Be sure to read the comments to learn about the Finnish writers Pentti Kirstilä, Sirpa Tabet, Harri Nykänen,  Tapani Bagge, and Seppo Jokinen. And any other “wanted” writers who might turn up in the comments. Update: Harri Nykanen will soon have three books in translation; Seppo Jokinen will also have a book available for English readers in May, 2012. (Thank you, Ice Cold Crime.)

Other Finnish authors pointed out by Pekka Makkonen: Marko Kilpi, Tapani Bagge, Eppu Nuotio, Marko Hautala, and Mika Waltari.

Thanks to all who make suggestions. Keep ’em coming!

28 thoughts on “not yet translated

  1. here are a few good Finns – besides Mr. Rönkä, and Matti Joensuu (published by Arcadia in UK)- worth anybody’s while (most of the names & titles below are available in German already) …US/UK publishers & agents, please take note!
    – Pentti Kirstilä; two-time recipient of the Clew of the Year award for the best in Finnish crime, esp. “Imelda” (1992, publisher/foreign rights WSOY, Helsinki), a real Chinese-box of a noir thriller.
    – Sirpa Tabet; chilling psychological mysteries in Highsmith vein, “Yöleikki” (‘The Night Game’) from 1999 is among her very best. (Published by Otava, Helsinki)
    – Harri Nykänen; former crime reporter, and also two-time winner of the Clew 0 Glass Key candidate, has several series + standalones going: “Raid”, also a popular Finnish TV series from 2000, an underworld enforcer with a code of ethics from the Old West, and DI Ariel Kafka, a Jewish homicide investigator with Helsinki CID (Publisher/foreign rights WSOY)
    – Tapani Bagge; our version of a young Westlake, or Larry Block, churns out all forms of fiction at breakneck rate, won the Clew in 2007 for “Musta taivas” (‘The Black Sky’, also nominated for the Glass Key but lost to Larsson, the dead guy), part of a series about small-time crooks and low-lifes creating carnage and mayhem in his provincial hometown, the medieval Hämeenlinna. (Publisher Tammi/Bonniers, Helsinki)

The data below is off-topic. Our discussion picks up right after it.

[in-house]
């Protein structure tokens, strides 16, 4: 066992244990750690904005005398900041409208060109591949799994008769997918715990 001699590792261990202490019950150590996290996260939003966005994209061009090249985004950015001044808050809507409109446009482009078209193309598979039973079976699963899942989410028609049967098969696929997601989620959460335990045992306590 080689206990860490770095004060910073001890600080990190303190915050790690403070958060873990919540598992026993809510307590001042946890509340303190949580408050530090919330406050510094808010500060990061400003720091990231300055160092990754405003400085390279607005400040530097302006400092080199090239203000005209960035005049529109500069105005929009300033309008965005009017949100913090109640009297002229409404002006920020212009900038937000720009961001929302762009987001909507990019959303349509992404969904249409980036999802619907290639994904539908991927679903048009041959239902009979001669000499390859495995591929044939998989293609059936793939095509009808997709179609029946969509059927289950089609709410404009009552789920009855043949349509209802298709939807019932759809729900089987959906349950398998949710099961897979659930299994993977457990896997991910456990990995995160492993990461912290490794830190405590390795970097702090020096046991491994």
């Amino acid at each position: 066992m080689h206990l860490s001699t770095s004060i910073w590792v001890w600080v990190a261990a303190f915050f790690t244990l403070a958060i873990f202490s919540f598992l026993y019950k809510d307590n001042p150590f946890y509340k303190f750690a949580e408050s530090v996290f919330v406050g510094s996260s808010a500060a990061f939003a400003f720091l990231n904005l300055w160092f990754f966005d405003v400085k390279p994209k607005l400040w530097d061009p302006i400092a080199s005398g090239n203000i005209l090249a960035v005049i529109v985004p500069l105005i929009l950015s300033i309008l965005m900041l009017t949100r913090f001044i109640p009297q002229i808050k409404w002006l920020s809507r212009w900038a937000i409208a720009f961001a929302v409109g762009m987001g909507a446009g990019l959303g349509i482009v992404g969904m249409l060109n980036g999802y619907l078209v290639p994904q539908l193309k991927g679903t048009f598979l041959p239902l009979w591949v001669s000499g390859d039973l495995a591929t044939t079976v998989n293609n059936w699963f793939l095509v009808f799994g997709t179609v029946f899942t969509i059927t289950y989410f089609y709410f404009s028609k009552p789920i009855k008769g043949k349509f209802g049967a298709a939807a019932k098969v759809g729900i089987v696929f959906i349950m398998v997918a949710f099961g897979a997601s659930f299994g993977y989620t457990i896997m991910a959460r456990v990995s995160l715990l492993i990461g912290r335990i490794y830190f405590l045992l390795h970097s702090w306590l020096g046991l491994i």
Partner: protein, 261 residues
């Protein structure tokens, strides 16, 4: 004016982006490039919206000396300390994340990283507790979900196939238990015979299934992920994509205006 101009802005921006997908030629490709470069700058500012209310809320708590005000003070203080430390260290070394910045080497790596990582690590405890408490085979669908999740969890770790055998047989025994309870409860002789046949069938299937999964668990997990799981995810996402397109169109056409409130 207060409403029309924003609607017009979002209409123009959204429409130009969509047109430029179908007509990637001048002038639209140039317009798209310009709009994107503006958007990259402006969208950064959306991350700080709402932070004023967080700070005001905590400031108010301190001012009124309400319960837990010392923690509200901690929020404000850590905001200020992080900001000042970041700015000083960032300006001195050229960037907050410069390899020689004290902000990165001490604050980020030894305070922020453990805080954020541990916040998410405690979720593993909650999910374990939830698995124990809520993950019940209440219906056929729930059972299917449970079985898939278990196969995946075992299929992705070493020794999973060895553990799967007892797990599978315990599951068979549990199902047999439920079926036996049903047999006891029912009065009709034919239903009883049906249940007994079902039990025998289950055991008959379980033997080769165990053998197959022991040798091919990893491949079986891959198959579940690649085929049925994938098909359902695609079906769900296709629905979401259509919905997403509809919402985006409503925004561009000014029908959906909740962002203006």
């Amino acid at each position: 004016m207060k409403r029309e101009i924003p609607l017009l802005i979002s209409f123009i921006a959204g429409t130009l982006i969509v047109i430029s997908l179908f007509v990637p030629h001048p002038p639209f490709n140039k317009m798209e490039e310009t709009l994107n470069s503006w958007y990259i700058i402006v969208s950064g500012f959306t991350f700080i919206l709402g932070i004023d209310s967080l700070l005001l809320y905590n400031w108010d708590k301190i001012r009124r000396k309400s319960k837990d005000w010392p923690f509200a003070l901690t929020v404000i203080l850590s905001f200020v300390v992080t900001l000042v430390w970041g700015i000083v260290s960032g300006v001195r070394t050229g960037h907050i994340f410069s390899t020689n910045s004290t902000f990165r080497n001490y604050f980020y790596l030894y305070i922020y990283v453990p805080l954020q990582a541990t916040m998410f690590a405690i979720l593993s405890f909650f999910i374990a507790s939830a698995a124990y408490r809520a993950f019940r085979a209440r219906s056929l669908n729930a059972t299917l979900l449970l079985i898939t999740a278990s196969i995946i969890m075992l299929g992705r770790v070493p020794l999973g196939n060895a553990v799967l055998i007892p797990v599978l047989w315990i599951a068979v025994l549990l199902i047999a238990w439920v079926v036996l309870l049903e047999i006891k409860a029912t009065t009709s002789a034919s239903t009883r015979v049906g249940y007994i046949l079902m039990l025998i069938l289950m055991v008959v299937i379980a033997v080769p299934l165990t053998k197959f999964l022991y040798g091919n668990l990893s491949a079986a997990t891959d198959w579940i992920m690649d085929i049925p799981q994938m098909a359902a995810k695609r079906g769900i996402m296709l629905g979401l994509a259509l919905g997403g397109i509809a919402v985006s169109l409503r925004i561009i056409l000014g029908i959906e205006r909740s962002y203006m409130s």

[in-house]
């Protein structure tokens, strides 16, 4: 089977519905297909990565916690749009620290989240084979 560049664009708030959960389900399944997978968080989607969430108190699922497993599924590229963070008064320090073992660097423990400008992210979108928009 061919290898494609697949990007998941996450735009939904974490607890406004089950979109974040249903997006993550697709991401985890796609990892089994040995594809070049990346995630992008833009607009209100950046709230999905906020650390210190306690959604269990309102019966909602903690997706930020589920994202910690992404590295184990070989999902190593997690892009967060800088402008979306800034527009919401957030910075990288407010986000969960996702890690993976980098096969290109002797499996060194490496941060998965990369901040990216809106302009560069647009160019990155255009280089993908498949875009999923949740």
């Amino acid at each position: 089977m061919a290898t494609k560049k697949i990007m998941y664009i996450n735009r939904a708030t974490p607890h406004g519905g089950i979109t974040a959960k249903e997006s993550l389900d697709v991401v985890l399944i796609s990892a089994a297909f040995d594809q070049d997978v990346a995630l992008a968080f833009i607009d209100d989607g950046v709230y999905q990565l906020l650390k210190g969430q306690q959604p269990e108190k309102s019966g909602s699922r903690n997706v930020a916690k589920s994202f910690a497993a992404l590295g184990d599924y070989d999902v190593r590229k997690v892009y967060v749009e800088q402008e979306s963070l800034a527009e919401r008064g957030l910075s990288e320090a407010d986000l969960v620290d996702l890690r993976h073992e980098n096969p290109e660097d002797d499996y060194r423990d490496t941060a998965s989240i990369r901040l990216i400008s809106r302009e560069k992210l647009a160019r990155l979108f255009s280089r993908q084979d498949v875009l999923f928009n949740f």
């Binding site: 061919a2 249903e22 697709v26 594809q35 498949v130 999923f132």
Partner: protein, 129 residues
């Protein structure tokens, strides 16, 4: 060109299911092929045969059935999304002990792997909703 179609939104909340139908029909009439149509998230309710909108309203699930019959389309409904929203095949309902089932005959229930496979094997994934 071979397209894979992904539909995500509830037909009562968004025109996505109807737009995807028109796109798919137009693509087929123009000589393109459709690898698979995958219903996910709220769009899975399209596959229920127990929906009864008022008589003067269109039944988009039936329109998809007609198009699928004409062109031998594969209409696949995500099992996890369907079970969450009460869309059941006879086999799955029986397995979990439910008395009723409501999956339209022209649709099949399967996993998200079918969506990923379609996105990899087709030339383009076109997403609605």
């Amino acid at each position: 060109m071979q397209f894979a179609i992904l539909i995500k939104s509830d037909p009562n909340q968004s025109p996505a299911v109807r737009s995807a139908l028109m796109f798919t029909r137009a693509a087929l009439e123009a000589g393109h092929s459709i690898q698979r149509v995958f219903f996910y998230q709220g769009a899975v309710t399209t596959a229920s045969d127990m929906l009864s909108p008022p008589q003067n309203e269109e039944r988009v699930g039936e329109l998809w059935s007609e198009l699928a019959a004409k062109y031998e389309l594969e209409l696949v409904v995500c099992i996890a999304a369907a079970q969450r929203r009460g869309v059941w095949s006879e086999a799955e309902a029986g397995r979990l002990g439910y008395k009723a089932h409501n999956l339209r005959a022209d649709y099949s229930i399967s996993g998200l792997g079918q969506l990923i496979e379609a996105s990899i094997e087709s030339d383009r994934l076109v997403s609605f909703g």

– Seppo Jokinen; a series of humane police procedurals with a social conscience about DI Koskinen and his CID team in the industrial city of Tampere; won the Clew in 2002 with “Hukan enkelit” (‘Hells-on-Wheels’), another top title is “Sana sanaa vastaan” (‘Word Against Word’) from 2005 dealing with corrupt city developers and the heavy toll of industrial action in 1970s. (Publisher Karisto, Hämeenlinna)

    • This is a treasure trove! Kiitos!!! I think there has been one of Tapani Bagge’s short stories translated into English, but the other names are not familiar. I will post these to my “you should publish translations of these” list.

  2. Arne Dahl and Leif Persson have both been published in Canada in the past few years, but only in French translation so far.

    Books in Print lists the following titles for Leif Persson in English:
    * Between the Promise of Summer and the Cold of Winter
    * Between Summer’s Longing and Winter’s Cold (probably an alternate title for the former)
    * Falling Freely, As If in a Dream
    * Another Time, Another Life

    There are, of course, no publication dates listed at this time. Also according to Books in Print, the rights seem to be Random House for the UK and HarperCollins for the US, which doesn’t exactly jive with the Wikipedia article that says that Random House hold the rights for the entire English-speaking world (Doubleday = Knopf = Random House).

    Whatever the case, I’m sure they’ll come out in English at some point, as he’s apparently quite a big deal in Sweden. As an example, one of his French publishers says that Mellan sommarens längtan och vinterns köld (Between Summer’s Longing And Winter’s Cold) sold 500,000 copies in Sweden (a country of only 9 million people!).

    I really enjoy your website. Keep up the good work!



    • Great information – thanks, Thomas. I knew about the French translation of Mysterioso from a Quebecoise friend. I’m jealous! I suppose I could dust off my French….
      Thanks also for the link to the terrific Skandlit site for Scandinavian literature in translation. Canada is a great crossroads of the publishing world for both French and English books. There are some terrific specialty bookstores in Canada for crime fiction – Whodunit in Winnepeg and Sleuth of Baker Street in Toronto come to mind – where you can pick up those books that haven’t quite made it across the pond (in either direction) yet.